CUBA, N.Y. - Deep in New York's Southern Tier, a humble shelter works every single day at saving animals from all over the country.

Joyful Rescues, located in Allegany County, is an operation that over time, has saved thousands of lives from puppy mills, inhumane breeders, and high kill shelters.

Up a winding hill, past snowcapped trees, a sprawling hill is home to Joyful Rescues.

"I just can't imagine what would have happened to these thousands and thousands of animals had my husband not encouraged me to do this,” said Joye Turock, founder of the rescue.

Turock says her crew has saved more than 11,000 dogs and cats since the rescue's incorporation as a non-profit in 2004.

It is a no-kill shelter in Cuba.

Its volunteers serve the Buffalo-Rochester area, taking in surrendered pets and those with health issues.

They put their own time and money into recovery and finding homes.

"We have so many wonderful volunteers, who, at a moment's notice, Katie and I can pick up the phone, and we can get someone somewhere to grab a dog that needs help,” Joye said.

Katie is Joye’s heir-apparent when Joye eventually hands off Joyful Rescues to the next generation of volunteers.

President of the Board Susan Buckman is one of those many volunteers. She's also Joyful Rescues’ main transporter, which means she, armed with a minivan and several crates, will drive wherever she's needed.

That need is severe in Southern Virginia.

"From Webster, it's about 11 and a half hours to get down there, and 11 and a half hours to get back,” explained Susan.

Recently, she’s been traveling often to Grundy, Virginia.

Built on a coal mining mountain, it is an impoverished community.

"You don't see high rises, you don't see big cities…Grundy is very small,” Susan said.

Not for lack of love, but for lack of money, pets were put on the back burner as poverty rose. Buchanan County Humane Society president Stephanie Smith had crisis on her hands with too many dogs filling up a town shelter that had high euthanasia rates.

"So I put a plea out on Facebook, and I met a representative from Joyful Rescues named Susan Buckman, and we decided that it would be a great idea to try to move dogs from our high kill shelter to their no kill shelter in the north,” Smith said.

Susan packed up the minivan, and has not looked back since. She drives nearly 23 hours most weekends and brings back dogs from Grundy, Virginia to Cuba, New York.

Stephanie says the unwanted dog population was a growing problem.

"When we were adopting back out into our community, occasionally we would get the dog back with a litter of puppies,” she said.

Her relationship with the folks at Grundy’s animal shelter is extremely important.

The shelters get a lot of surrendered animals. There is no leash law in this part of Virginia, and to compound the issue, dogs are not often fixed.

"The coal industry is our main source of revenue. And the coal industry has suffered in the past few years, and so our economy is very bad, so people don't tend to put a priority on getting an animal spayed or neutered when they're trying to put groceries in the refrigerator,” Stephanie said.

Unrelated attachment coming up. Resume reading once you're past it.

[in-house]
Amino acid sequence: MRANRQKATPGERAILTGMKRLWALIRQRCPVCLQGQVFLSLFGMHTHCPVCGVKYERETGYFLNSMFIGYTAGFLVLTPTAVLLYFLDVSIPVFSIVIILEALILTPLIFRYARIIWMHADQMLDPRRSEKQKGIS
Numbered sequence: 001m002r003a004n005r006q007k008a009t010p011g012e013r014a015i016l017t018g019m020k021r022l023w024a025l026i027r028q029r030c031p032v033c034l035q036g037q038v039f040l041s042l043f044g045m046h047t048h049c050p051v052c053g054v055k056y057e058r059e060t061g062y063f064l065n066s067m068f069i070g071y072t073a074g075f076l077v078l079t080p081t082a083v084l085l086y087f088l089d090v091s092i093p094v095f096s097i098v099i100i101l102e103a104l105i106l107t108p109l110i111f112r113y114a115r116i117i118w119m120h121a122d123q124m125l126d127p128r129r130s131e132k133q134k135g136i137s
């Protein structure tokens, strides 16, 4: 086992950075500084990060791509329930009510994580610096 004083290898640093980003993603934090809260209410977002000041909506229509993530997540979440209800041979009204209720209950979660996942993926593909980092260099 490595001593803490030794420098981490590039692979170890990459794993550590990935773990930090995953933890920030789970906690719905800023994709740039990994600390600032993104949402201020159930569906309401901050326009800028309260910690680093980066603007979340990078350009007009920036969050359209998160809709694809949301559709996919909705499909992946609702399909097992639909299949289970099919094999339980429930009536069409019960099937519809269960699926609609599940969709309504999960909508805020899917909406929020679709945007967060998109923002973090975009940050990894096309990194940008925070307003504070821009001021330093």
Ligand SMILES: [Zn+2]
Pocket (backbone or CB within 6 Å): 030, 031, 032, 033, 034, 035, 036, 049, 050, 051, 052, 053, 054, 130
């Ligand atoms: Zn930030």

Dr. Catherine Rasnake is an essential part of improving this problem.

At a discount to both the shelter and Joyful Rescues, she vaccinates and spays and neuters every animal that comes through this unique system.

“Anything our clinic can do to help get those animals a better life, we’re all in,” said Dr. Rasnake.

She and her army of colleagues stay late most Fridays to get the job done before Susan has to return to New York.
"We've worked out this system like a well-oiled machine that is saving hundreds of lives and making a lot of families up home happy with a new pet,” Susan said.

Without it, there would be a much higher euthanasia rate.

"It's just a rough time for people in this community, and there's just simply more animals than there are homes,” Stephanie said.

On this trip Channel 2 went on, Joyful Rescues brought back 17 dogs of all ages, sizes, and breeds. They are the lucky ones.

"They get to know what it is to be loved before they die, and to love a human before they die, but there's always those or two that come through that fate just doesn't deal them a fair hand, and that is really hard,” Susan said.

Stephanie, Dr. Rasnake, and Susan loaded the van at 5:00 a.m., said goodbye, and then Susan started the 11-hour drive back to New York.

"The most rewarding part is when you get back to Joyful Rescues, and you unload them and put them in the intake kennel...and you know they are not going to die. They're going to be okay, we're going to find them forever homes...That's why we do this,” Susan said.

Joye has a saying she's been using for years to keep spirits up, because undoubtedly, she and her team will have tough days.

"It's no matter what happens or what goes wrong, I say okay, you know, deep breath, on we go,” Joye said.

And that attitude is essential because their work shows that there are so many more lives still to save.

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